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Tyson Foods Focuses on Brands. Is That Paying Off for Investors?

Motley Fool - Thu Sep 14, 2023

In May 2023, Tyson Foods(NYSE: TSN) completed the acquisition of Williams Sausage Company. In the grand scheme of things, it wasn't a particularly huge deal. But it speaks to an important trend taking shape at this meat producer. Here's what you need to know to decide whether Tyson Foods buying branded meat companies is a good idea.

The core of Tyson's business is volatile

Tyson's beef sales make up around 35% of its top line. Chicken accounts for roughly 34% of the food maker's business. And pork is about 11%. Altogether, that adds up to approximately 70% of the company's revenue. Selling meat is clearly Tyson's main focus.

Two people looking at a package of meat in a grocery store.

Image source: Getty Images.

The problem with meat is that it is a commodity product. Tyson really can't control the prices it gets for the beef, chicken, and pork it sells. Right now all three of these business lines face headwinds, and that's not the norm. Financial results look particularly weak at the moment as a result. Earnings fell a massive 89% year over year in the second quarter.

Tyson is working to manage the situation by doing things like cutting operating costs. But, because these are commodities, the prices it can charge customers are largely determined by factors outside its control. Inflation clearly doesn't help matters, either.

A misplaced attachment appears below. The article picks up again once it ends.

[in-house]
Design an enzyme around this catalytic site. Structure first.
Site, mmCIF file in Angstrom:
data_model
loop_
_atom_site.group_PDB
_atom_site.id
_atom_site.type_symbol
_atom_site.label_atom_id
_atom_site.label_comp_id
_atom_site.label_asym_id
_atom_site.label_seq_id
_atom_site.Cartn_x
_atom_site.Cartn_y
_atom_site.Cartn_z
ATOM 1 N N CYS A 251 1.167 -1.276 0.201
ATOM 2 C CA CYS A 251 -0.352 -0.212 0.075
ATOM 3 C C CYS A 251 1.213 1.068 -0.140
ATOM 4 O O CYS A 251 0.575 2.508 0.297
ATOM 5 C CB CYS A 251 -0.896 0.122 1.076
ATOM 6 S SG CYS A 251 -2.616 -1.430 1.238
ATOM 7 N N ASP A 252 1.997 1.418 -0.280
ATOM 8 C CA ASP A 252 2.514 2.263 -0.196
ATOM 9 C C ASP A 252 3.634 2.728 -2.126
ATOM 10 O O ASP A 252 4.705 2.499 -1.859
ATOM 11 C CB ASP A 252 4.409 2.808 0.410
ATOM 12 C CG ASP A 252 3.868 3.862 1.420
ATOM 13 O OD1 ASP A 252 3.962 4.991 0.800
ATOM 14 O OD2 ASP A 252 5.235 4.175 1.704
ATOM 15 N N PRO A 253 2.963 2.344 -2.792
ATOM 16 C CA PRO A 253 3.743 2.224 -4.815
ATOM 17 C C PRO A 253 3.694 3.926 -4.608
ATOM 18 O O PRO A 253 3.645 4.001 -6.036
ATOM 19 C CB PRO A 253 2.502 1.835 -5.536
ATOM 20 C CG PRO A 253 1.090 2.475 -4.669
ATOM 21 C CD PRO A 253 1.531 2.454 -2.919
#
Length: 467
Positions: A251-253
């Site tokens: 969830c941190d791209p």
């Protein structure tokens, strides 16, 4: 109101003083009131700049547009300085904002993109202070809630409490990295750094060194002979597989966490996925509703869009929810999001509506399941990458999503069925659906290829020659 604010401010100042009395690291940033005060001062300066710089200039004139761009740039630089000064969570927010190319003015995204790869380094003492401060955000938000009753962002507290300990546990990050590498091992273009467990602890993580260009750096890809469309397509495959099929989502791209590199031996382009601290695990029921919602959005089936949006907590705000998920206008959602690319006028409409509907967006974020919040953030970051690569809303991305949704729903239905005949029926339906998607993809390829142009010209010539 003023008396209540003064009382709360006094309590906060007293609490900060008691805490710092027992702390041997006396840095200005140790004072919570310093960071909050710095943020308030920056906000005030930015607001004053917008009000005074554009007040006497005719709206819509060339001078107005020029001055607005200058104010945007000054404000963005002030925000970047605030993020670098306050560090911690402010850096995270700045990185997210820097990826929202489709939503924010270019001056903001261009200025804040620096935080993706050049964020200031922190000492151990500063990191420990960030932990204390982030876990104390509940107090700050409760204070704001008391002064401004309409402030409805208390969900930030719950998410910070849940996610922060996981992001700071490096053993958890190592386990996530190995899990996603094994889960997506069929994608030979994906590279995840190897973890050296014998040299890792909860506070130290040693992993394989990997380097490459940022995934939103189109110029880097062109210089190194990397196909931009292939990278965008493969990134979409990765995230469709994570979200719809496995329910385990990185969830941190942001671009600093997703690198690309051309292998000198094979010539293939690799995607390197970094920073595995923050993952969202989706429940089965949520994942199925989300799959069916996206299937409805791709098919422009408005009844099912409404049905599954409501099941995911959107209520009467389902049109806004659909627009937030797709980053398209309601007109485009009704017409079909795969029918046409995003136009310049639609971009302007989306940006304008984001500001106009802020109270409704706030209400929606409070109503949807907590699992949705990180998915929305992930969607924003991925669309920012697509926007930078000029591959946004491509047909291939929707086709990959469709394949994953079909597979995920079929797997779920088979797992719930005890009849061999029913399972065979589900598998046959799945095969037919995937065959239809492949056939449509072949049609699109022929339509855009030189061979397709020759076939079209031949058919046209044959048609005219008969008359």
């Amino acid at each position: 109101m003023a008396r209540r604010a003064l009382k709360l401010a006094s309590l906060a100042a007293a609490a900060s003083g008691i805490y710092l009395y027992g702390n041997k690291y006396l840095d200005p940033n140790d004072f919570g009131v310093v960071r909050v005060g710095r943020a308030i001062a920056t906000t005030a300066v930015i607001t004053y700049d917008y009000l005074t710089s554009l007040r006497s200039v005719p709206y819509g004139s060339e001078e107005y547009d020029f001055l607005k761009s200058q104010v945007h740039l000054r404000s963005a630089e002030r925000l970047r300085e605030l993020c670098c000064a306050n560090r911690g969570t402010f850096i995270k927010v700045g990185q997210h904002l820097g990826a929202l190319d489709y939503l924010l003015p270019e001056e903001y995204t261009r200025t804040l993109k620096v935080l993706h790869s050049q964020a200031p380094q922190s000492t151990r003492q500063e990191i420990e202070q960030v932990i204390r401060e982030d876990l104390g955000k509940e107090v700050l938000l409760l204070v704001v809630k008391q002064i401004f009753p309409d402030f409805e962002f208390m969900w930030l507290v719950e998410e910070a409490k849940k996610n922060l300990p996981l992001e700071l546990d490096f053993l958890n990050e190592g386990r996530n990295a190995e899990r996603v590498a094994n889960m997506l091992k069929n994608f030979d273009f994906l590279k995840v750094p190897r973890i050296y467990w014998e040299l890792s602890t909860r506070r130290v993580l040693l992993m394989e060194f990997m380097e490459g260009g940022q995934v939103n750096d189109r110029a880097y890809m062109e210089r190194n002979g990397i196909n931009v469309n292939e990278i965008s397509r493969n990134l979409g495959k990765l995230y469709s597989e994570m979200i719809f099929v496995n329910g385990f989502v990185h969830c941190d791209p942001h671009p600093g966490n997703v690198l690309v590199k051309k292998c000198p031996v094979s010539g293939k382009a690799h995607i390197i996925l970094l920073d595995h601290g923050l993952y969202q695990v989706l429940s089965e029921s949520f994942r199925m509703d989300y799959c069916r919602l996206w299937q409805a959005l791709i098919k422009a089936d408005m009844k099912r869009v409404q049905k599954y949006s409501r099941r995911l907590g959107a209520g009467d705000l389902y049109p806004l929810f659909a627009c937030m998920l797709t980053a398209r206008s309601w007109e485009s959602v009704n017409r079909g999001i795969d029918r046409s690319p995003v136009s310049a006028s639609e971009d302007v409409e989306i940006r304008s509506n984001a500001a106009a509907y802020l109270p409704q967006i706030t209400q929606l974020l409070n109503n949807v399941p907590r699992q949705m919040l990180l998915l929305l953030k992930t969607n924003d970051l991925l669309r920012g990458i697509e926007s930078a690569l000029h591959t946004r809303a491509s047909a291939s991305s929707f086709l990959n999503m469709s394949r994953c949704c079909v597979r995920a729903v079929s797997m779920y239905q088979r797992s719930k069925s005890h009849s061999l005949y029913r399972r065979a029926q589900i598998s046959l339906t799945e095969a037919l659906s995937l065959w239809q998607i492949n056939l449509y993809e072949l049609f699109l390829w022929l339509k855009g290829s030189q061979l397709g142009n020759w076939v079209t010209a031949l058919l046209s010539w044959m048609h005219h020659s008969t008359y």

But what about that aforementioned sausage company?

Tyson is growing its value-added businesses

The sausage maker Tyson bought sells fresh sausage, cooked sausage, bacon, and sandwiches to retail and food service customers. This is different from selling commodity meats that other companies might use to create such products. Tyson is basically expanding the portfolio of value-added products it sells. For example, it already owns brands like Jimmy Dean, Ball Park, and Hillshire Farm, among many others.

These brands make up what the company calls prepared foods. Such products generally come with higher margins. This segment made up around 18% of sales in the second quarter. As Tyson buys additional brands, that number will only go higher. Like any business, sales in the company's prepared foods division will fluctuate over time. But the dynamics are inherently different.

To put some numbers on that, prepared foods saw a volume decline of 0.4% in the second quarter. However, the business was able to push through price increases of 1.4%. That resulted in a modest overall uptick in sales in the division. When it comes to beef, chicken, and pork -- commodity-driven markets -- Tyson doesn't have nearly that much control over its business fortunes. And this is why it is increasingly focused on prepared foods, with the consistency of the business providing ballast to its results.

Getting bigger and worth watching

Right now investors are focused on the difficult commodity meat market that Tyson Foods is facing. Given the importance of the beef, chicken, and pork businesses, that makes complete sense. However, long-term investors shouldn't ignore the prepared foods segment, which is 16% larger today (by sales) than it was in 2020. As prepared foods grow in importance, this segment of the business should help support Tyson's margins and smooth out the normal ups and downs of the company's commodity meat operations.

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Reuben Gregg Brewer has no position in any of the stocks mentioned. The Motley Fool has no position in any of the stocks mentioned. The Motley Fool has a disclosure policy.

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